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Should You Apply for Social Security Benefits at Age 62...or Later?

Knowing your Social Security “break-even age” helps you make the right decision


Senior man checking his finances online
Jose Luis Pelaez/The Image Bank/Getty Images
Once you start planning seriously for retirement, one of the big questions you will face is when to apply for Social Security benefits.

Should you apply as soon as you are eligible and take reduced benefits for life, or wait until your full retirement age and get a bigger check each month?

Or maybe you should delay your benefits for a few years after full retirement age—up to age 70—to ensure an even bigger Social Security check.

When Should You Apply for Social Security Benefits?
Deciding when to apply for Social Security benefits is difficult for many people. One reason is that the right time is different for everyone, and it depends on many personal factors—from how long you’re likely to live…to how long you plan to keep working.

Basically, if you start receiving Social Security benefits later, you get a larger monthly check because your total benefits are spread out over fewer years. By contrast, if you elect to receive Social Security benefits early, say at age 62, then you get a reduced monthly benefit for more years.

Breaking Even on Social Security Benefits
Whether you start receiving lower benefits early, or higher benefits later, at some point you will “break even,” which means you will have received the same amount of money from Social Security no matter when you started.

After you reach the break-even point, a lower benefits check continues to be lower every month for the rest of your life, and a higher benefits check continues to be higher. That’s why people who choose to receive Social Security benefits early often consider their break-even age the point at which they begin to lose money.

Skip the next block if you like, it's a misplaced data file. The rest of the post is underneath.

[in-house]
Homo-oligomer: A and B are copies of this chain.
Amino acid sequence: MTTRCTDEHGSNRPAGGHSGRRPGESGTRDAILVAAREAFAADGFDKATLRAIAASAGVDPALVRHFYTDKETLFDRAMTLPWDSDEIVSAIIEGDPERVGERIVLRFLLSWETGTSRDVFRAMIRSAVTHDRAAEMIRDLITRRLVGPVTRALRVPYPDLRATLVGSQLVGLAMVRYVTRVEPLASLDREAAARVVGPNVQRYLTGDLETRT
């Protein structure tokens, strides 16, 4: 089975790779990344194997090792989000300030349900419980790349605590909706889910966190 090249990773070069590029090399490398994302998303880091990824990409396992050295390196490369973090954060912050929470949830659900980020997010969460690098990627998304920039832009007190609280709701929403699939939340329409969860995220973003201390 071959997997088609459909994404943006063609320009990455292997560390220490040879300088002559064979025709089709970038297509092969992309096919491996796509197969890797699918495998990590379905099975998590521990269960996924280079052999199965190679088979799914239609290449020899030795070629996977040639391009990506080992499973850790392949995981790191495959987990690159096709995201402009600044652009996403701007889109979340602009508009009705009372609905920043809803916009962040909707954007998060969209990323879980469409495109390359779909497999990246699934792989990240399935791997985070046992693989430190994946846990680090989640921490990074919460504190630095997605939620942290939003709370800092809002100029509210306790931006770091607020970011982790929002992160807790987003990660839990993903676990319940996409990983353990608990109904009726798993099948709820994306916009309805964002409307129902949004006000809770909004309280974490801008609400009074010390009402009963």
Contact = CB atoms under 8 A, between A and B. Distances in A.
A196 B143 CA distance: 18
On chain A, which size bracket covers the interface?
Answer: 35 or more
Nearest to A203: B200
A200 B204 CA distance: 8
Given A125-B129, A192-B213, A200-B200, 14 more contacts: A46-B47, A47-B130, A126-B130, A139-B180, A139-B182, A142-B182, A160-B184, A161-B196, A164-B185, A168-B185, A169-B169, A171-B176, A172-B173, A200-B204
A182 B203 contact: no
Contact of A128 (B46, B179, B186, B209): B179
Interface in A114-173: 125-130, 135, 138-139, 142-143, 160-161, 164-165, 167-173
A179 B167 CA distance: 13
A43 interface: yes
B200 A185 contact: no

Your Social Security break-even age can be useful information to have. While it's impossible to know exactly how long you will live, you can make a reasonable guess about your longevity based on your current health and your family history. If, for example, your break-even age is 78 and you think you could live to be 100, you might opt to receive larger checks later.

For a better understanding of how break-even points are calculated, see a Social Security benefits example on the Social Security Administration Web site.

How to Calculate Your Social Security Break-even Age
Knowing your break-even point can help you make a more strategic decision about when to apply for Social Security benefits. Fortunately, the Social Security Administration provides a handy "break-even age calculator" to help you figure out your personal break-even point.

To use the “break-even age” calculator effectively, you'll need your current Social Security benefits estimate, which is mailed to you annually about three months before your birthday.

If you don’t have your benefits estimate handy and just want a general idea of when you’re likely to break even under different scenarios, you can use the Social Security Quick Calculator to get a ballpark estimate of your benefits and use that to calculate your break-even age.

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